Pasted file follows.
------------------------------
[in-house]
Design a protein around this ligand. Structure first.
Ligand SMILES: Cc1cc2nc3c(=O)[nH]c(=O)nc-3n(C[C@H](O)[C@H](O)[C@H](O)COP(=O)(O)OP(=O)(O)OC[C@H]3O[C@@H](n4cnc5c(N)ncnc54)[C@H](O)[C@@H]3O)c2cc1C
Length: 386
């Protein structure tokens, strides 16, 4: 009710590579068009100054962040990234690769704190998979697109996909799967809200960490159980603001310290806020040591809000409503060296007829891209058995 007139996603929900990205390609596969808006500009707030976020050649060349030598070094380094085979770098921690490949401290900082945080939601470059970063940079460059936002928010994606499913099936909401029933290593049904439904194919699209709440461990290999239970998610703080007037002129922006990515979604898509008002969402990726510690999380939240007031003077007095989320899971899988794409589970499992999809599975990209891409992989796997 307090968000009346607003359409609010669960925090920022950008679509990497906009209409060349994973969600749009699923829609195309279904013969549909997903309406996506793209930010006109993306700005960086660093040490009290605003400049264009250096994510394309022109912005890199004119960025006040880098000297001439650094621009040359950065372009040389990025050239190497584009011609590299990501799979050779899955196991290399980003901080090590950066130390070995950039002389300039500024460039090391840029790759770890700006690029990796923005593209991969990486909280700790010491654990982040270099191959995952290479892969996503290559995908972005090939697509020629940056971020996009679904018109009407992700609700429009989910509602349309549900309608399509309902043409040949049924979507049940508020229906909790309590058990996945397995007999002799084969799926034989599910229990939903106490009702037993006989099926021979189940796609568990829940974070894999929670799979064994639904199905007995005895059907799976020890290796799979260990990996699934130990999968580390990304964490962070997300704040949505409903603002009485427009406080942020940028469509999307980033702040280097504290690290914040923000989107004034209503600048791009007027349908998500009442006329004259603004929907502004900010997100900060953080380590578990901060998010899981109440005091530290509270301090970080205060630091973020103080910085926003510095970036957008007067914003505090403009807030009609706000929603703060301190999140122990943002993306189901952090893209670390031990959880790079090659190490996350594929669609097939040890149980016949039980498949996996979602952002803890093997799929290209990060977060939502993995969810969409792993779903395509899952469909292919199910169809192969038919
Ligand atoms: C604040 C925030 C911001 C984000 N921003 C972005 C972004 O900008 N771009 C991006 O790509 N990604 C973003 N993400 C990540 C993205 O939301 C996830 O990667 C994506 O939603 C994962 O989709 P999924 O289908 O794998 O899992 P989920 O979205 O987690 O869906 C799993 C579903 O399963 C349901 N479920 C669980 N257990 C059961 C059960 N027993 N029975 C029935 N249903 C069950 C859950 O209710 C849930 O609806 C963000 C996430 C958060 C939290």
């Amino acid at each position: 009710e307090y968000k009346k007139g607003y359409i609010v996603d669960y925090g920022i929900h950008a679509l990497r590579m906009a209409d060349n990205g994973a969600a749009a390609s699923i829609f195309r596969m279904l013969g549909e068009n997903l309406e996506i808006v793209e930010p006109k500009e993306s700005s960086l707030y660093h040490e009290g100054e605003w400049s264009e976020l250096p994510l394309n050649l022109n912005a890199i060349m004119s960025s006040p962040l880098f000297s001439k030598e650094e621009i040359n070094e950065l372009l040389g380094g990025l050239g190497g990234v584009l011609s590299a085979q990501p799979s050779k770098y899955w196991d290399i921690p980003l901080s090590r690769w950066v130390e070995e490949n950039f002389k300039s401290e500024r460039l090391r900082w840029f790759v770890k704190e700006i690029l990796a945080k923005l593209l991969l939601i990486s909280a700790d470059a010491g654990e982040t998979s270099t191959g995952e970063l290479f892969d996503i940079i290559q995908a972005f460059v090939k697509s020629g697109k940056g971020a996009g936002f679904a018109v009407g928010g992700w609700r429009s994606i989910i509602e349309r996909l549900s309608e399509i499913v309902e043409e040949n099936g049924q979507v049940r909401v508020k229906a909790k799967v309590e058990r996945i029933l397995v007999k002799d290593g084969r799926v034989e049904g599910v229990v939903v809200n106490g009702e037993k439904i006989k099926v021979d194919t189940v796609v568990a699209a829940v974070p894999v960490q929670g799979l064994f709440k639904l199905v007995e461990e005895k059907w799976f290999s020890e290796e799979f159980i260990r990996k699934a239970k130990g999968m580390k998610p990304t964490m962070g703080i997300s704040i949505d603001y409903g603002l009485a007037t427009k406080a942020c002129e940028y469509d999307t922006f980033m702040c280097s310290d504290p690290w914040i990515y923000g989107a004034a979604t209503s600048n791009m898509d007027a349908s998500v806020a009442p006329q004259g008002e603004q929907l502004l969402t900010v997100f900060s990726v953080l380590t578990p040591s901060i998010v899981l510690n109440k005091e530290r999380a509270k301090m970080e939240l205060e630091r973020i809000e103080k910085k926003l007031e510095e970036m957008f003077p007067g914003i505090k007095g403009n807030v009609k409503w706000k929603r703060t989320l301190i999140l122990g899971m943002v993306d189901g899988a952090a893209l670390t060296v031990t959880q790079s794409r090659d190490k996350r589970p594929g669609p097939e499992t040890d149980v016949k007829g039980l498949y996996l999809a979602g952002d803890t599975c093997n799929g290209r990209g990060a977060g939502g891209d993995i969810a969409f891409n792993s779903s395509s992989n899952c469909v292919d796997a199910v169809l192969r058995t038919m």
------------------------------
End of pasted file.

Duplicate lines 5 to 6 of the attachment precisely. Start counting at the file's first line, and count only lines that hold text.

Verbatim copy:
């Protein structure tokens, strides 16, 4: 009710590579068009100054962040990234690769704190998979697109996909799967809200960490159980603001310290806020040591809000409503060296007829891209058995 007139996603929900990205390609596969808006500009707030976020050649060349030598070094380094085979770098921690490949401290900082945080939601470059970063940079460059936002928010994606499913099936909401029933290593049904439904194919699209709440461990290999239970998610703080007037002129922006990515979604898509008002969402990726510690999380939240007031003077007095989320899971899988794409589970499992999809599975990209891409992989796997 307090968000009346607003359409609010669960925090920022950008679509990497906009209409060349994973969600749009699923829609195309279904013969549909997903309406996506793209930010006109993306700005960086660093040490009290605003400049264009250096994510394309022109912005890199004119960025006040880098000297001439650094621009040359950065372009040389990025050239190497584009011609590299990501799979050779899955196991290399980003901080090590950066130390070995950039002389300039500024460039090391840029790759770890700006690029990796923005593209991969990486909280700790010491654990982040270099191959995952290479892969996503290559995908972005090939697509020629940056971020996009679904018109009407992700609700429009989910509602349309549900309608399509309902043409040949049924979507049940508020229906909790309590058990996945397995007999002799084969799926034989599910229990939903106490009702037993006989099926021979189940796609568990829940974070894999929670799979064994639904199905007995005895059907799976020890290796799979260990990996699934130990999968580390990304964490962070997300704040949505409903603002009485427009406080942020940028469509999307980033702040280097504290690290914040923000989107004034209503600048791009007027349908998500009442006329004259603004929907502004900010997100900060953080380590578990901060998010899981109440005091530290509270301090970080205060630091973020103080910085926003510095970036957008007067914003505090403009807030009609706000929603703060301190999140122990943002993306189901952090893209670390031990959880790079090659190490996350594929669609097939040890149980016949039980498949996996979602952002803890093997799929290209990060977060939502993995969810969409792993779903395509899952469909292919199910169809192969038919
Ligand atoms: C604040 C925030 C911001 C984000 N921003 C972005 C972004 O900008 N771009 C991006 O790509 N990604 C973003 N993400 C990540 C993205 O939301 C996830 O990667 C994506 O939603 C994962 O989709 P999924 O289908 O794998 O899992 P989920 O979205 O987690 O869906 C799993 C579903 O399963 C349901 N479920 C669980 N257990 C059961 C059960 N027993 N029975 C029935 N249903 C069950 C859950 O209710 C849930 O609806 C963000 C996430 C958060 C939290």